Saturday, September 5, 2009
Cacao Nib Gelato
The other day while I was talking to my mom on the phone, Mr. Penpen pulled a bowl – to his credit, it was one of our ice cream bowls – out of the freezer and gave me an inquisitive look. I told him not to eat the contents of the bowl since it was shortening, which prompted my mom to ask, “Don’t you have any ice cream?” I told her that of course we had ice cream, homemade Cacao Nib Gelato, actually. She then said she hadn’t seen it on my blog, which was true: not all ice creams make the blog. I did figure the Cacao Nib Gelato would make an appearance at some point, probably as an accompaniment to another dessert, but then I decided and ice cream this delicious deserved its own post. Seriously, I think this may be my very favorite flavor this summer.
I had initially thought the cacao nibs were mixed into the ice cream, but instead they are infused in the gelato base, giving the gelato a glorious depth of cocoa flavor, without overpowering the pure taste of sweet cream. Since this gelato is not a typical heavy chocolate ice cream, you can pair it with chocolate desserts without going into overload. It’s also perfect on its own, especially eaten in spoonfuls (just one more!) straight out of the container. This recipe gets a 9 for Deliciousness and a 2.5 for Effort, giving it an EDR of 3.6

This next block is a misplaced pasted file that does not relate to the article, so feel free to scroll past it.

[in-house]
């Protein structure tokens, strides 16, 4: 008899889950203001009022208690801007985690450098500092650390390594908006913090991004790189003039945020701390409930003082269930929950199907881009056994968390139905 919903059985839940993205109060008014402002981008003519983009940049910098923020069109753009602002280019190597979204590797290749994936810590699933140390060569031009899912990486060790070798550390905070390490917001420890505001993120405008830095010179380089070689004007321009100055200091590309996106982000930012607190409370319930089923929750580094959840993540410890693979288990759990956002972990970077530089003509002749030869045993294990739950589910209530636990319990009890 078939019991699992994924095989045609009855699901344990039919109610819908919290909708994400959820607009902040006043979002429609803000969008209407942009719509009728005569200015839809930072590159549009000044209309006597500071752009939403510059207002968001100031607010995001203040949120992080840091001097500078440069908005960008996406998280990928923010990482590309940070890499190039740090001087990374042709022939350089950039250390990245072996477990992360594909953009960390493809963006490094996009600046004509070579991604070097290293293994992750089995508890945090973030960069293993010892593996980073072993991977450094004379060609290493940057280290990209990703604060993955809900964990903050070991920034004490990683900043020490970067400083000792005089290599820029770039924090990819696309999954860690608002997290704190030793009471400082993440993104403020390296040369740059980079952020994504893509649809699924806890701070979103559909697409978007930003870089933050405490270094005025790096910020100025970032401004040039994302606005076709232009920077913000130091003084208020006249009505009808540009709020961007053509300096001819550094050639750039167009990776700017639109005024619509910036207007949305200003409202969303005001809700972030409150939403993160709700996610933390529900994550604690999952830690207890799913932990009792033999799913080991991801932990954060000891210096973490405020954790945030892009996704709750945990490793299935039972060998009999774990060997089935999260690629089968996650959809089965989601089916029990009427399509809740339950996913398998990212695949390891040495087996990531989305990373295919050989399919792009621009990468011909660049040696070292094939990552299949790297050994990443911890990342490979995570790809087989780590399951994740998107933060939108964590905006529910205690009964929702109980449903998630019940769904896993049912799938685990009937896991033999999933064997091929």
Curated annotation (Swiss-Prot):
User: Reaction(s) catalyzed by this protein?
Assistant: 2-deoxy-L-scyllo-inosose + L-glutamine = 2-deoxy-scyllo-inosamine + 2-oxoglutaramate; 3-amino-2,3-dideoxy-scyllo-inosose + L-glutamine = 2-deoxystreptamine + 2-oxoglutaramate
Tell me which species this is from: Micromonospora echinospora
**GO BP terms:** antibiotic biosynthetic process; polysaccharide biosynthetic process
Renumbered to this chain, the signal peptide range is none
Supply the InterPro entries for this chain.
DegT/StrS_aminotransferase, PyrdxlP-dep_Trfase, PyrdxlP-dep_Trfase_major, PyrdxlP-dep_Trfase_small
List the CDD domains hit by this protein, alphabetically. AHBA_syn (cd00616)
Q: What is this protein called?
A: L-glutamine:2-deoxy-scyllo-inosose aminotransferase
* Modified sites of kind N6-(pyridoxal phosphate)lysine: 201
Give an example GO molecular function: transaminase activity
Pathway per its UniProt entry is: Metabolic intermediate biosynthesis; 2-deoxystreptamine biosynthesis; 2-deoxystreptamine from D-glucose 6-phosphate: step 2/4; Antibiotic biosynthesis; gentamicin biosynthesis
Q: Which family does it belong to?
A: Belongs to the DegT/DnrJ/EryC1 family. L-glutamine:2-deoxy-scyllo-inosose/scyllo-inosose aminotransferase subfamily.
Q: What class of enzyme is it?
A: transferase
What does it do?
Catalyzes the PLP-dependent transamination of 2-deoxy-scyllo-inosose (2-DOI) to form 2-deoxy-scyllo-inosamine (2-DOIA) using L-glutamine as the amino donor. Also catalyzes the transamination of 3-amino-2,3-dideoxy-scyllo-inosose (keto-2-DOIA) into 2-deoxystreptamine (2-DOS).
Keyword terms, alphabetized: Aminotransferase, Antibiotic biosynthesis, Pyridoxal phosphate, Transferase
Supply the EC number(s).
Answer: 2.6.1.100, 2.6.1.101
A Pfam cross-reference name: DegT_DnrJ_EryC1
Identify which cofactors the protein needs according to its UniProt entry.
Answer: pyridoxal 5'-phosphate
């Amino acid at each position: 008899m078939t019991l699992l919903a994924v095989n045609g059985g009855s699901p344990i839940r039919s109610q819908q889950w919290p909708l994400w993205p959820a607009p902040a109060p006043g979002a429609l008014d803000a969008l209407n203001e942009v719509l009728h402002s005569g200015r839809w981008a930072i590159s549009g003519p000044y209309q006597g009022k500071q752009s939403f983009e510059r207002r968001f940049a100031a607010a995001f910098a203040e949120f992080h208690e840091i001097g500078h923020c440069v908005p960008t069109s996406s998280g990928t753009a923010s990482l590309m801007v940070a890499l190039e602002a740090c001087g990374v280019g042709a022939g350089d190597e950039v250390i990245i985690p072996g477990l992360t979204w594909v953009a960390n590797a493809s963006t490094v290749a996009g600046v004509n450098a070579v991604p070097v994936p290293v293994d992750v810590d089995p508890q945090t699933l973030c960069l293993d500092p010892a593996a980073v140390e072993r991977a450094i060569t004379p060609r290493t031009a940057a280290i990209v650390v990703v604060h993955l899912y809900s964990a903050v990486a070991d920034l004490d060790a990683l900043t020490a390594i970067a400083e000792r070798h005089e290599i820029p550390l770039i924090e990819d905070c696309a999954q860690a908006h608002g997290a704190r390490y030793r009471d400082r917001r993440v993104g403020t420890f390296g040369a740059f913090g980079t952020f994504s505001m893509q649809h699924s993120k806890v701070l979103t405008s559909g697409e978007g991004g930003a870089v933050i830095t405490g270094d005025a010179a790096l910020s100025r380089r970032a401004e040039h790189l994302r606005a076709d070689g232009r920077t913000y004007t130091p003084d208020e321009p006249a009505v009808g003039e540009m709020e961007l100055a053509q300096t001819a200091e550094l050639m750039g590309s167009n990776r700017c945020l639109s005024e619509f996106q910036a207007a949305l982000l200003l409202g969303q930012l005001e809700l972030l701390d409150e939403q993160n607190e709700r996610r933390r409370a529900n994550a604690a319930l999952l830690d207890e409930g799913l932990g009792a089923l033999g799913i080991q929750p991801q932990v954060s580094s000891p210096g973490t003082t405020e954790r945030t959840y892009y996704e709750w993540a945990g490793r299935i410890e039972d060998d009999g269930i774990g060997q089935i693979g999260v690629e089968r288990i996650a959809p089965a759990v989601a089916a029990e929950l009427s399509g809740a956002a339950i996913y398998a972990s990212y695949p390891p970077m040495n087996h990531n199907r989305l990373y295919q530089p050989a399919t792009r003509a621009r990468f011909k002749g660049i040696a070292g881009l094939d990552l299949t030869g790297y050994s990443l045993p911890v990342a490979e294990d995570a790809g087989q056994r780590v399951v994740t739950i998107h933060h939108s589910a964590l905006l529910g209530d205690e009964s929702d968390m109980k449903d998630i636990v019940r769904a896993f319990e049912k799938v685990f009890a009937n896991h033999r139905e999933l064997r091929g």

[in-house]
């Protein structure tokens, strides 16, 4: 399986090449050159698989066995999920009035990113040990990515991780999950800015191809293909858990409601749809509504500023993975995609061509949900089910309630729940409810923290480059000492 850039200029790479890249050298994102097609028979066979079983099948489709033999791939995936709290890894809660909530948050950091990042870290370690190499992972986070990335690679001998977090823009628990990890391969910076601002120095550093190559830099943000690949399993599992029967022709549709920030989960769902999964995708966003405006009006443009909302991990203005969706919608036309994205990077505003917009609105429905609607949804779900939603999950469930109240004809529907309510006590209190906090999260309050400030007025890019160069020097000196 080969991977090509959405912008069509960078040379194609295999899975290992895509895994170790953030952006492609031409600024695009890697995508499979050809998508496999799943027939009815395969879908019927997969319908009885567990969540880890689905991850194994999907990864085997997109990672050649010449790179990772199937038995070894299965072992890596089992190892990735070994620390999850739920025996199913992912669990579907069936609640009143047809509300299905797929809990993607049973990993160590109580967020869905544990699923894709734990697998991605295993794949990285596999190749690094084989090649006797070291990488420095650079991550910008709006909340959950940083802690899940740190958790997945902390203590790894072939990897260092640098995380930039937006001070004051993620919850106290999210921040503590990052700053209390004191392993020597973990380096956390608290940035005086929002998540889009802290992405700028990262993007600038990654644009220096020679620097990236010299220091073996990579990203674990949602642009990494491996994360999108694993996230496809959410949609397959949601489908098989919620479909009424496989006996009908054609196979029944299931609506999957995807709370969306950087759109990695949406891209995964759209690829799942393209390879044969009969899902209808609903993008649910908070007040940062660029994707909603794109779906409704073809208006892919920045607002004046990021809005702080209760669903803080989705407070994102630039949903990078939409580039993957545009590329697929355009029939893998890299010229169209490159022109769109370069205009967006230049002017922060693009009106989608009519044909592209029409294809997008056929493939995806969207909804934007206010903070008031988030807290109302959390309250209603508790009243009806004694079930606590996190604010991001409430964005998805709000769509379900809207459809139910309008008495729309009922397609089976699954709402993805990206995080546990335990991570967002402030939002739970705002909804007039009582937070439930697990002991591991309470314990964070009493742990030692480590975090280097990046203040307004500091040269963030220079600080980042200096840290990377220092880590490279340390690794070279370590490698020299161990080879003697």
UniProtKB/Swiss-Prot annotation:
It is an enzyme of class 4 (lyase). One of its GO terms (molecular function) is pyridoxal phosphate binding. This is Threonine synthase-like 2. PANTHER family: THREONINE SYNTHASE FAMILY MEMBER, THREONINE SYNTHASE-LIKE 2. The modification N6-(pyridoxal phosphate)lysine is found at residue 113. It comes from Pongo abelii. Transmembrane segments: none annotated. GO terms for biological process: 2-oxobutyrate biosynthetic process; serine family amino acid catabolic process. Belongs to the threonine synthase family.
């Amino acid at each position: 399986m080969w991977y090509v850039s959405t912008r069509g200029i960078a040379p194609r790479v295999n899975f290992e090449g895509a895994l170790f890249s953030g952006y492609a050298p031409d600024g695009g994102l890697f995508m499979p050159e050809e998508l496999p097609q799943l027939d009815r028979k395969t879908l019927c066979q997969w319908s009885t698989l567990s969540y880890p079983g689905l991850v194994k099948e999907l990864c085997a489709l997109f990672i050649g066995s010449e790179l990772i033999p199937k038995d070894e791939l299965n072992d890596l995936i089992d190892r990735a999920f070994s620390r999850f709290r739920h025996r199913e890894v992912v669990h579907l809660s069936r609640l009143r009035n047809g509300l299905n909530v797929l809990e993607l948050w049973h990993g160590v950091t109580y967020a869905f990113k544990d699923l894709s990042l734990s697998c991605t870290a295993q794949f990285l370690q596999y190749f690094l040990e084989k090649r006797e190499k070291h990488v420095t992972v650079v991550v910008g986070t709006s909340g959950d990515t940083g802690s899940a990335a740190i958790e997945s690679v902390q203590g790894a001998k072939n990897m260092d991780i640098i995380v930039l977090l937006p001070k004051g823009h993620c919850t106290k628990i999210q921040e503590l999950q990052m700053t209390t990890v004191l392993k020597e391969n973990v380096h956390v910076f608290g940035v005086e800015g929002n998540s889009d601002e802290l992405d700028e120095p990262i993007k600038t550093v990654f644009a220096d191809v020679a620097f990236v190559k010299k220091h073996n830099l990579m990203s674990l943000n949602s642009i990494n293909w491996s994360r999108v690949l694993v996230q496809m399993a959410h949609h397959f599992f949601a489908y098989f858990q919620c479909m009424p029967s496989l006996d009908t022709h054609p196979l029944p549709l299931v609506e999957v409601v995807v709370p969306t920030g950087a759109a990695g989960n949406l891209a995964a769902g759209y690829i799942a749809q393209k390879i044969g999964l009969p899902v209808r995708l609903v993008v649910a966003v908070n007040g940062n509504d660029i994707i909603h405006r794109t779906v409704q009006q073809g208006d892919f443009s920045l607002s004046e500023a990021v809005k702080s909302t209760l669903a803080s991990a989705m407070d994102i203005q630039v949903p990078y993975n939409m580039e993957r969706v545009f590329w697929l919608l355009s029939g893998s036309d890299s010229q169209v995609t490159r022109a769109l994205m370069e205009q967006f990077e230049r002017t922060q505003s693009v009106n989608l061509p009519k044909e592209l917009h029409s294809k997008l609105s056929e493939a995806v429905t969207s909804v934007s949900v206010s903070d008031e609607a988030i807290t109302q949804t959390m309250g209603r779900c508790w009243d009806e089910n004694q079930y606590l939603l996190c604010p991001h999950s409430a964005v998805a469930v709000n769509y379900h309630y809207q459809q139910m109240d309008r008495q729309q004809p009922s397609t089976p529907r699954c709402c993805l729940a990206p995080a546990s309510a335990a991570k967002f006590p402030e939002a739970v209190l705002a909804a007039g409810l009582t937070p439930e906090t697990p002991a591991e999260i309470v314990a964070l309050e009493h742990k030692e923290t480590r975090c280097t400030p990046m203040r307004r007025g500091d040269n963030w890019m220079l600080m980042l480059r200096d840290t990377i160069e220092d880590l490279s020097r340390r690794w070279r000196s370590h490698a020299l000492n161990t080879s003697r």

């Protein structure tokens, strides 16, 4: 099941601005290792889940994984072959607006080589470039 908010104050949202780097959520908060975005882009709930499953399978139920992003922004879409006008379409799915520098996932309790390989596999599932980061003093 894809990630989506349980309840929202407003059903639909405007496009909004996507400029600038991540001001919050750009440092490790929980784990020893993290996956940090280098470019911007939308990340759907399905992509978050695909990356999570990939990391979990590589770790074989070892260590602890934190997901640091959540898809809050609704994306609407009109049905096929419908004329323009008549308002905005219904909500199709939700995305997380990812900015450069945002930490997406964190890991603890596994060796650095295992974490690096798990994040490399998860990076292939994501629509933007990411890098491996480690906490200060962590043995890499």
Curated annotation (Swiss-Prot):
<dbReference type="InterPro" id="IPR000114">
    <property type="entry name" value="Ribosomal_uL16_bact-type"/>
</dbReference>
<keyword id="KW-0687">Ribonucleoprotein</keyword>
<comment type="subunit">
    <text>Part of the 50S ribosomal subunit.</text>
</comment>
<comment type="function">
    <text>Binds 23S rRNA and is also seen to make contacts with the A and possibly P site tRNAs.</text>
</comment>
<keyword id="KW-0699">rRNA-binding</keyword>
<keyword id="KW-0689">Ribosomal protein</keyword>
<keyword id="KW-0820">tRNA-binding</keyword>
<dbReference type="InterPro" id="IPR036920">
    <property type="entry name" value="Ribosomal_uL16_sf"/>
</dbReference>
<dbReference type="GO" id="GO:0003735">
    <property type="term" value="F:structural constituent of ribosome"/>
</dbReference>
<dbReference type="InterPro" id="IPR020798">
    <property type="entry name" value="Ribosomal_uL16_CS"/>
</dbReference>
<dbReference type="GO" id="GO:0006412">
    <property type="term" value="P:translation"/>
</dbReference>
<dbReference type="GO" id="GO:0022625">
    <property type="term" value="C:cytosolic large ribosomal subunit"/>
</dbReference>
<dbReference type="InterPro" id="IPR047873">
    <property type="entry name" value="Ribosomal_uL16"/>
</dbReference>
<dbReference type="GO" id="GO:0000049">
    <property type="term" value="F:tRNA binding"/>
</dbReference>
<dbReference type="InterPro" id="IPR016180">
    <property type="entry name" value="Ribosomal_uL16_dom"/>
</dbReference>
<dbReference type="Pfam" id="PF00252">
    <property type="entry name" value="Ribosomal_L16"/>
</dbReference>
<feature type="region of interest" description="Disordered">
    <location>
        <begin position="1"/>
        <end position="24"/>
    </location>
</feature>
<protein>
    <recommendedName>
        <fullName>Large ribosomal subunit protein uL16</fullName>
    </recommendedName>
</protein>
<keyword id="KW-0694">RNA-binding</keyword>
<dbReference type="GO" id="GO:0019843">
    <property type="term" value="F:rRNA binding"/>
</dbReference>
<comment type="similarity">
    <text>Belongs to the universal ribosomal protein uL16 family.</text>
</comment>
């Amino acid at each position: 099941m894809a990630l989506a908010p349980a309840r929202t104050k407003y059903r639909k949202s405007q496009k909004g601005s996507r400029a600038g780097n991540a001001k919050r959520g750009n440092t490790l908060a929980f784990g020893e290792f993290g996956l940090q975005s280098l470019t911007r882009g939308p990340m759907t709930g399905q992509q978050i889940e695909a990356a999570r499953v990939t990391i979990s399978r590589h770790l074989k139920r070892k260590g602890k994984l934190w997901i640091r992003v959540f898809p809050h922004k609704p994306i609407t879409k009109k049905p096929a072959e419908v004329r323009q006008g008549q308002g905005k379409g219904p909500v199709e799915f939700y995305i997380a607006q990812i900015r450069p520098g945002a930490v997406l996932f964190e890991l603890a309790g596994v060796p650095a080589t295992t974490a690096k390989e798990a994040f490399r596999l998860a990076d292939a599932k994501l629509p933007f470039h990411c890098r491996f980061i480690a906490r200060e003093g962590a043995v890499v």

Cacao Nib Gelato, from the September 2009 issue of Bon Appetit (for printable recipe, click HERE)
1 ½ cups heavy cream
1 ½ cups whole milk
½ cup cacao nibs
½ vanilla bean, split lengthwise (you could also use 2 teaspoons of vanilla extract or vanilla paste)
5 large egg yolks
¾ cups sugar
Combine heavy whipping cream, whole milk, and cacao nibs in heavy large saucepan. Scrape in seeds from 1/2 vanilla bean; add bean. Bring mixture to simmer over medium heat. Remove from heat. Cover and let mixture steep 30 minutes. Uncover and return to simmer. Whisk 5 large egg yolks and 3/4 cup sugar in large heatproof bowl until mixture is pale yellow and slightly thickened. Gradually add hot cream mixture to yolk mixture, whisking until well blended. Return mixture to same saucepan and stir over medium-low heat until custard thickens and coats back of spoon when finger is drawn across and instant-read thermometer inserted into custard registers 170°F, about five minutes (mine took less than five minutes). Transfer custard to medium bowl, cover with plastic, and chill overnight (both times I’ve made this, I’ve chilled the custard at least twenty hours).
When ready to churn the ice cream, pour custard through fine strainer set over bowl; discard solids (cacao nibs and vanilla beans) in strainer. Transfer custard to ice cream maker and process according to manufacturer’s instructions. Transfer gelato to freezer container. Cover and freeze until ice cream is firm, at least 8 hours or overnight. Can be made three days ahead. Keep frozen.